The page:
Monday, September 21, 2015

Anyone else remember the name Emile Zuckerkandl? A reminder from Larry Moran

Larry Moran has a great post over on Sandwalk, "Emile Zuckerkandl and the 50th anniversary of the birth of molecular evolution".  He tells a little of the story of Emile Zuckerkandl, a name I had heard of many years ago but unlike one of his publishing partners, Linus Pauling, his wasn't a name I had heard of much at all.  Luckily for me, Larry not only reminded me of the name, but some of the things Zuckerkandl did, especially when it came to Intelligent Design.

Yes, I am sure folks at the Discovery Institute didn't like anything he said, but to me it was a nice lesson.  Thanks Larry!

Here's a few quotes, but I really recommend you head over and read the whole post.  [I added a little]

  • "To give themselves an edge, the “creationists"—the dominant stripe of anti-evolutionists in the United States—have decided some years ago (Pennock, 2003) to dress up in academic gear and to present themselves as scholars who rise in defense of a legitimate alternative scientific theory, intelligent design. "  [I usually refer to their 'gear' as an ill-fitting lab coat.]
  • "The two biased characterizations [Evolution is just a theory and equating the theory of evolution as nothing but a philosophy, an 'ism'] are cherished by nearly every proponent of intelligent design, because desirably one of the points, evolution as a theory, reduces science to incertitude, and the other, evolution as an "ism," reduces it in practice to an unscientific belief. " [Love it]
  • "The basis of an established scientific field is not questionable: too many competent, critically minded people working in a number of subfields and analyzing phenomena at a number of levels have contributed to it, with their results supporting one another within a large body of scientific knowledge. A field would have collapsed long since, were it not based on extant phenomena. The flood of creationist references to a particular scientist rather than to a field of science conveniently tends to hide this fact from view. "  [How many times, especially recently, have we been subjected to posts that attempt to denigrate Darwin and his accomplishments.  Here are a few: DI's Denyse O'Leary sounds puzzled!, Discovery Institute upset that Darwin didn't have a Crystal Ball, and Sorry Darwin, it isn't your Evolution anymore? Are you kidding?.]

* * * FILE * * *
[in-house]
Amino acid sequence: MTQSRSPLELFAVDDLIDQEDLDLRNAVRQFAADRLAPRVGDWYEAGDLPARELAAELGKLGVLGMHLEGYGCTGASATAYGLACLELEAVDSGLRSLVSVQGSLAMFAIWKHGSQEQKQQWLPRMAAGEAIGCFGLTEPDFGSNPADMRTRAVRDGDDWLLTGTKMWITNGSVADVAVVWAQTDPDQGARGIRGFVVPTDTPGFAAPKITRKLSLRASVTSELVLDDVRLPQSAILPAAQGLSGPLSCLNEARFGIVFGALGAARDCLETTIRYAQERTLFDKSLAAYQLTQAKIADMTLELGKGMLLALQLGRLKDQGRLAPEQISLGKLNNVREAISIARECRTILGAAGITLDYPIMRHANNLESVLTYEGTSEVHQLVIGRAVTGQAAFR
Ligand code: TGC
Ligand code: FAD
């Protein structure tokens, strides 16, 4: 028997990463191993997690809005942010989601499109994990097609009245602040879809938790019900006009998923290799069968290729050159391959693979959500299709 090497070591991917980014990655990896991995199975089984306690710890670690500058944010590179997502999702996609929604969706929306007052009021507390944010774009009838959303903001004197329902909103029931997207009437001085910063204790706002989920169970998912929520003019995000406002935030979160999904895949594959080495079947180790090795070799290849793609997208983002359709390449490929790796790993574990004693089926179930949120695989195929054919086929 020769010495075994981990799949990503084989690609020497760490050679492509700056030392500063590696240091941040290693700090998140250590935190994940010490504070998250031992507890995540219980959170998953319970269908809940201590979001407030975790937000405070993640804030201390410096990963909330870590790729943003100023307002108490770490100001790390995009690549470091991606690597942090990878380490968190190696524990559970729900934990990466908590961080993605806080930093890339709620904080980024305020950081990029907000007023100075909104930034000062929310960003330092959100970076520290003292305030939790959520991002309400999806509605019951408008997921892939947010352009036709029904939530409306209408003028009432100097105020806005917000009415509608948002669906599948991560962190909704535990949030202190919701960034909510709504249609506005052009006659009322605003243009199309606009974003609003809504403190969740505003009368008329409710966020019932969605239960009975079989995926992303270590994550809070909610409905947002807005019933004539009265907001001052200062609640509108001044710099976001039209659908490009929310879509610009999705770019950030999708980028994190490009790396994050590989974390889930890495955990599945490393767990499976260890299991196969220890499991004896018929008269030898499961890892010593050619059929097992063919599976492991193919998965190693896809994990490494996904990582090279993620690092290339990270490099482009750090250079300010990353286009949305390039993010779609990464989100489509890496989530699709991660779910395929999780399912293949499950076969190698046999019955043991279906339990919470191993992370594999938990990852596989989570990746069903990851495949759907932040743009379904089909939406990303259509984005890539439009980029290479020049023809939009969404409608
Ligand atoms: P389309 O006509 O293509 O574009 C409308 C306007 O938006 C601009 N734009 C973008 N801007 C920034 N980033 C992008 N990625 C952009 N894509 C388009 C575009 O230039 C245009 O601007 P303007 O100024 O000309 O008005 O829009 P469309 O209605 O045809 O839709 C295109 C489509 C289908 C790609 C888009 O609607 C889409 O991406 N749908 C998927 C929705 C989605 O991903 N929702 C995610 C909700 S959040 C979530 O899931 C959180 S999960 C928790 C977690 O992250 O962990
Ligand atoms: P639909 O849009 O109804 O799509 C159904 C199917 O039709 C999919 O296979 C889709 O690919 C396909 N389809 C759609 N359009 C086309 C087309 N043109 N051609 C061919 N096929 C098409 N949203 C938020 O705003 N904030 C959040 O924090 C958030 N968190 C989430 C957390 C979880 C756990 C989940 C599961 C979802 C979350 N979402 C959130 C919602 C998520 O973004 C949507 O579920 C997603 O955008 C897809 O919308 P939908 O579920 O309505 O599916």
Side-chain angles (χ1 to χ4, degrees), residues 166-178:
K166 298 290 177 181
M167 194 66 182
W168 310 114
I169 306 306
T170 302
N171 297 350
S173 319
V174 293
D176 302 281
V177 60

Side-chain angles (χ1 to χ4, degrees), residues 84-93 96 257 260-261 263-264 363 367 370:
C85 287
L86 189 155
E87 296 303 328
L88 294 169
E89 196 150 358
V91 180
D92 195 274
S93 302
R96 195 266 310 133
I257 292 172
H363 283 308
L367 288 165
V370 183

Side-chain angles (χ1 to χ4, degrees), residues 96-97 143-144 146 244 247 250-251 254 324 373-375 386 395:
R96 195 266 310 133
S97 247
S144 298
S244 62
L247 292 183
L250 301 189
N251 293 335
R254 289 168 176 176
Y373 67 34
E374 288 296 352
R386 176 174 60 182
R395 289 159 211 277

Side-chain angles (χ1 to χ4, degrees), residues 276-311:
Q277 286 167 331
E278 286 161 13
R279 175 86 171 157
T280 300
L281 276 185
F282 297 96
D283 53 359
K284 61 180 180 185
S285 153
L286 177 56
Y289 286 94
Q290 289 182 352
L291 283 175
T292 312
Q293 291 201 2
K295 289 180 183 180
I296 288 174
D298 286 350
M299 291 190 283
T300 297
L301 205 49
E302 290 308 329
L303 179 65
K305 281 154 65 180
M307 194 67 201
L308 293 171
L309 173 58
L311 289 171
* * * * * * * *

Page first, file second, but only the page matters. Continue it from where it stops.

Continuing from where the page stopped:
The one quote you really need to read take a different view of Intelligent Design vs Natural processes, and it deals with complexity.  One of the issues frequently raised when anyone objectively looks at ID is the fact the so-called designer was pretty bad at his job.  Seriously, look at the human body, tell me how that is optimal?  We can barely stand upright and anyone who gets back pain knows what I mean.  How about the number one source of germs (the nose) positioned right above the main air intake (the mouth), or one poster put rather indelicately, the playground located between two sewers (think about it :-)) It's not just humans, but life in general, how many different flight mechanisms exist in nature?   Three that I know of: birds, bats, and insects . . . why?  Why would a 'designer' need three different mechanisms to perform the same task?

Zuckerkandl raised an interesting point.  When you look at things actually intelligently designed, you know the type of things folks at the DI like to point to an say "See, we can recognize design, so biology must be designed."  Simplicity is the hallmark of design, not complexity.  Think about it, the best design is usually the simplest design.  Over time simplicity increases, not complexity.  But what do we find in nature?  Increases in complexity over and over again.  Here is the quote:

"Consider something designed by an intelligence: what would its general distinctive character be, as contrasted with products of nature? Would it be increased complexity? No, it would on the contrary be increased simplicity! This pertinent remark, made and discussed by Glenn Ross (2005), removes a basic misunderstanding that is traditionally cultivated by creationists and intelligent designers. Though relative simplicity does occur in nature at certain levels (e.g., in crystals)—if we consider the hierarchical plane of phenomena encountered in every day life it is simplicity that is much of the time a hallmark of actual intelligent design....What should surprise us is not the universally present complexity of natural structures and processes; it is the fact that the human mind can cut through extremely high interaction complexities by showing that they conform to relatively simple relationships, which the connoisseurs experience as “beautiful”."
Can't argue much with that.  Like I said earlier, I am sure the folks at the DI don't like any of this, but then they don't like much of anything that doesn't start and end with an appropriate 'deitification'.

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